Publication Type:Journal Article
Source:Studies in Conservation, Volume 58, Number 4, p.338-359 (2013)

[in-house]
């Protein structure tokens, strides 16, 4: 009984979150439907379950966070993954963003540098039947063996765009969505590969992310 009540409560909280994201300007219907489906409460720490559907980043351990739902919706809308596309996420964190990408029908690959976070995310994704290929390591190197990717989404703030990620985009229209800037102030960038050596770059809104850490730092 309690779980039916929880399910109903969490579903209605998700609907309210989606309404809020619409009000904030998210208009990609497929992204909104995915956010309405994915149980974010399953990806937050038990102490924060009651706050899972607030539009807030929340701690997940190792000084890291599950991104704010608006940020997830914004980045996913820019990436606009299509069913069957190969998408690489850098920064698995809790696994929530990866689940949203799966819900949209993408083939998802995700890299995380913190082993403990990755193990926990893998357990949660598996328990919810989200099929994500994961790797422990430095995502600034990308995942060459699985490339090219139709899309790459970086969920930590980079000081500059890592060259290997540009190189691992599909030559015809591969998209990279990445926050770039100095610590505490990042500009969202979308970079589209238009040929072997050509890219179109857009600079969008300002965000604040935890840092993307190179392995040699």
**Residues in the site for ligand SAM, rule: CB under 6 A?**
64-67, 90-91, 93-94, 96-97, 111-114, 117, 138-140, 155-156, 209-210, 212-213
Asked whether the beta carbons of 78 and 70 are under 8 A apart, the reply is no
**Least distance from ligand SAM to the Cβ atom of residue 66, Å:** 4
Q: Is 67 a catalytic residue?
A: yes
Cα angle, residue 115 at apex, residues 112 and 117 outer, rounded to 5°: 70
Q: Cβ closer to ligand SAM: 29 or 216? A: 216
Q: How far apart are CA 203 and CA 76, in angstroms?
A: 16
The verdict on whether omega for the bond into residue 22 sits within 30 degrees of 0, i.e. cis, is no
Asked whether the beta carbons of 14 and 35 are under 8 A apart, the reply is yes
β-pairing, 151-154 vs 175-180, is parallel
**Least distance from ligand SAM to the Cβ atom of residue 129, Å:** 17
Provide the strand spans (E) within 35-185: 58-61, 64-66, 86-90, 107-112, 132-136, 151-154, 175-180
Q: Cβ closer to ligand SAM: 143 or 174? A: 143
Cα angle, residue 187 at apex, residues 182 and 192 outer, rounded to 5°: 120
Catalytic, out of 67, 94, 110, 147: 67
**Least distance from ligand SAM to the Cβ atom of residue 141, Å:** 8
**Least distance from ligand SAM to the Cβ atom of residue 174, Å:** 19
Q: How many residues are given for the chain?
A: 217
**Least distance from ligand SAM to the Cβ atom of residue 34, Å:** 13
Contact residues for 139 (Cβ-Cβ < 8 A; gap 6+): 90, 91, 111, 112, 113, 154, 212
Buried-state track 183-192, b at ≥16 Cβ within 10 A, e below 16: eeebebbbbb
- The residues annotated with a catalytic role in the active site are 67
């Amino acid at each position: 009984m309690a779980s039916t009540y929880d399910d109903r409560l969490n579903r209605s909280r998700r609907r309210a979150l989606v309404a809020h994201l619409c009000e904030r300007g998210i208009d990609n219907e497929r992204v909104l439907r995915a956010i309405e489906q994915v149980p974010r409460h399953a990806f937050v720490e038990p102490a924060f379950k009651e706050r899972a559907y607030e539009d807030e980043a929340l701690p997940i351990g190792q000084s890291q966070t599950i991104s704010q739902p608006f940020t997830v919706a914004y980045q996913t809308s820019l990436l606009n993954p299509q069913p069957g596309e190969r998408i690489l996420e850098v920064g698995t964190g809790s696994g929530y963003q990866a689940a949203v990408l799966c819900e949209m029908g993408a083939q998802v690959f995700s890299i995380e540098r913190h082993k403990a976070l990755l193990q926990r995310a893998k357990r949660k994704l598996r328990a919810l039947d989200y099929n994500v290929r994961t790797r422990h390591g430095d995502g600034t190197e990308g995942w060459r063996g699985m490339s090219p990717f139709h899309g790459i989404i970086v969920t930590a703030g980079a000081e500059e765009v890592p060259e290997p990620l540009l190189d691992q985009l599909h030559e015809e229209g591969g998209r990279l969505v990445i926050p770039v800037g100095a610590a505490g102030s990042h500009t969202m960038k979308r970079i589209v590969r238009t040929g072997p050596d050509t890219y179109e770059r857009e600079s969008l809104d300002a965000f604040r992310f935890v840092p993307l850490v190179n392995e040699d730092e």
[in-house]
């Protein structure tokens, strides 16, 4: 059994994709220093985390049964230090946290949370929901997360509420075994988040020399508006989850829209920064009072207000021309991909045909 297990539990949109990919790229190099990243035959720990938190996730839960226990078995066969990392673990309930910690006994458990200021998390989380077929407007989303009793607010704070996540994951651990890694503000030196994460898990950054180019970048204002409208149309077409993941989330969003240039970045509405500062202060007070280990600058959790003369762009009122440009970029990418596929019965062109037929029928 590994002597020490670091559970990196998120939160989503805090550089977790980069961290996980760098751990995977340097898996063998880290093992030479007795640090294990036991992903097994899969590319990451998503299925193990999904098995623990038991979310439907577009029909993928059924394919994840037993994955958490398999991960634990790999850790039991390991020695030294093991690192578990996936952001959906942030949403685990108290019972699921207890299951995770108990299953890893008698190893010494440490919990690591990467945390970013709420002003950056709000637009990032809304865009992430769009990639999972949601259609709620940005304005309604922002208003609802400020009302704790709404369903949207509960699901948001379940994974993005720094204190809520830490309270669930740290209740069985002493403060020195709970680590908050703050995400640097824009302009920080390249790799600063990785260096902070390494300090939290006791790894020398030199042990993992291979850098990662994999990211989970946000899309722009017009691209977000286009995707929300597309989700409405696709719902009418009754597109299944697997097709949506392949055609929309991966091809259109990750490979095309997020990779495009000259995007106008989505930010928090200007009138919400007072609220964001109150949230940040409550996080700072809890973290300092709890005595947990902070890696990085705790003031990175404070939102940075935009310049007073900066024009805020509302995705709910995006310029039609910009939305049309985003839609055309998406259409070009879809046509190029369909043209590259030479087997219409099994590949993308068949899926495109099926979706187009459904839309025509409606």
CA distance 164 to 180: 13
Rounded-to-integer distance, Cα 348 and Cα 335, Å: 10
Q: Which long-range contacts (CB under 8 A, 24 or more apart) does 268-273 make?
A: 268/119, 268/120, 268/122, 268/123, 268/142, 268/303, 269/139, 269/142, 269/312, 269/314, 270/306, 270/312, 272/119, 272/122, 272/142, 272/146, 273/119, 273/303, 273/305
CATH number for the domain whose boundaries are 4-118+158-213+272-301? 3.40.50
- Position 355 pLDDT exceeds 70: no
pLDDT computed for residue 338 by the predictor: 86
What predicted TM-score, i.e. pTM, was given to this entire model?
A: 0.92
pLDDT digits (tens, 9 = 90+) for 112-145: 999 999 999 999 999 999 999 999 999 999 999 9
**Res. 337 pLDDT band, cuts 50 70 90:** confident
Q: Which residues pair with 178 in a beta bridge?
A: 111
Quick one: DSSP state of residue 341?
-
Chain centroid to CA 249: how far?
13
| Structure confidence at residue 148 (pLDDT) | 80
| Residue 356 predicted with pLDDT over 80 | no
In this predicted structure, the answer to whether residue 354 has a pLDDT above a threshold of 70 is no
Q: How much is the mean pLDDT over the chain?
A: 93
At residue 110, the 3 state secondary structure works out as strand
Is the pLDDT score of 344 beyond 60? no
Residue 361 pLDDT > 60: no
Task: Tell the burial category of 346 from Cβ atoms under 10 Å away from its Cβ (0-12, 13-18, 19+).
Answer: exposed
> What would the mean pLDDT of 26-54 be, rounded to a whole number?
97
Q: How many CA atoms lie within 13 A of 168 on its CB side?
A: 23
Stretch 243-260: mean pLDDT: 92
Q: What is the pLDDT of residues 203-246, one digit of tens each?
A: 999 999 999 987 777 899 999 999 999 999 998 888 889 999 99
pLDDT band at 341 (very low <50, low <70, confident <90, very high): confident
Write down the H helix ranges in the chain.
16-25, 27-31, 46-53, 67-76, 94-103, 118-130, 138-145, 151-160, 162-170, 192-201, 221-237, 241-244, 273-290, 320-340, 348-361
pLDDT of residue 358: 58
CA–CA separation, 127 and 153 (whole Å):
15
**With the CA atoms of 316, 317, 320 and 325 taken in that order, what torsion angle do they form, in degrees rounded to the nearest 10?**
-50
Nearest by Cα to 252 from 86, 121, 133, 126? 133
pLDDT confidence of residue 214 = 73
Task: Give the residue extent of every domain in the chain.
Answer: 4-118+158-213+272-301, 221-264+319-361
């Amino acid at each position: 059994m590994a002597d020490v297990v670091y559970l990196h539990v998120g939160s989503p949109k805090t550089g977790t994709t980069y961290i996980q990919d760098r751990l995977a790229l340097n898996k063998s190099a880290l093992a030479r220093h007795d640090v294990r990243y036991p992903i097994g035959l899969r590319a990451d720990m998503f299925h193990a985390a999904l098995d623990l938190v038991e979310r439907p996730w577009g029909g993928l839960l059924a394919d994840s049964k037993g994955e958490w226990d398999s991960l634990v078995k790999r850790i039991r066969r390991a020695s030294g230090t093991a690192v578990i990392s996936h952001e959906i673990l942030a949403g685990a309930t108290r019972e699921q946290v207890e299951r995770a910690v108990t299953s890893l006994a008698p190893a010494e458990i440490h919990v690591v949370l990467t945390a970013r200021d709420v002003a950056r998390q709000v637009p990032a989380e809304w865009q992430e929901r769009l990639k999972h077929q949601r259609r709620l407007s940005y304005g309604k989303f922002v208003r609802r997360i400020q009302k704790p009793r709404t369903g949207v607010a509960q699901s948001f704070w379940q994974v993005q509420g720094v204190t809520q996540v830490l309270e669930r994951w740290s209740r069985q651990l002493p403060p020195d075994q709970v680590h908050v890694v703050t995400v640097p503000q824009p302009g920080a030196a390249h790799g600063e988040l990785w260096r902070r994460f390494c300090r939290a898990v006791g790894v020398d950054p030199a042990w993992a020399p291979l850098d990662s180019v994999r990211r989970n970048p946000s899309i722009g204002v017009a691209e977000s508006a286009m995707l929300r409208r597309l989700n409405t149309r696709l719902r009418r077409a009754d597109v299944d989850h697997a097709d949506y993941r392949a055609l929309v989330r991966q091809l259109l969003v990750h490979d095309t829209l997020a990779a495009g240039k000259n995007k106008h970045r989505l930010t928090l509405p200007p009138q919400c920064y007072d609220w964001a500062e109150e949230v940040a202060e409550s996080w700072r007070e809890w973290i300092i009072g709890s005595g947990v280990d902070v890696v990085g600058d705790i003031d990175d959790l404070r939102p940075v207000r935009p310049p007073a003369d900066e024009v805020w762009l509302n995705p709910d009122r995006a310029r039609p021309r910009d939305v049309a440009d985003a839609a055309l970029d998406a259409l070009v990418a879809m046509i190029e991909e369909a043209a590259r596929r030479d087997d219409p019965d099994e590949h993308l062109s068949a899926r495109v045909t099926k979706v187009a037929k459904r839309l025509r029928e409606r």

The relief and contour lines on a group of ancient Greek red-figure vases and vase fragments in the collection of the Harvard Art Museums and the Worcester Art Museum were examined using two surface examination methods ‐ reflectance transformation imaging and three-dimensional laser scanning confocal microscopy. These methods helped characterize the lines and answer questions regarding tools, techniques, and production sequence used by Greek vase painters. This research also incorporated fabricated mock-ups to gain a better understanding of the ancient technology and in so doing confirmed that the relief lines were not produced by an extruded method, but with a brush made with only a few hairs, termed linierhaar as first proposed by Gérard Seiterle in 1976. Furthermore, it was discovered that not one but two distinct types of relief lines exist on these ancient vases: the laid line (proposed by Seiterle) which has a characteristic ridged profile, and the pulled line (proposed in a previous publication by the authors) which has a furrowed profile. It was also determined that the relief line used to outline figures was applied prior to the contour line in Attic vase decoration, although variations in this sequence occur in vases from South Italy. Based on observations made during this research, the authors propose a likely evolution for the techniques used to produce decorative features throughout the period of red-figure vase production.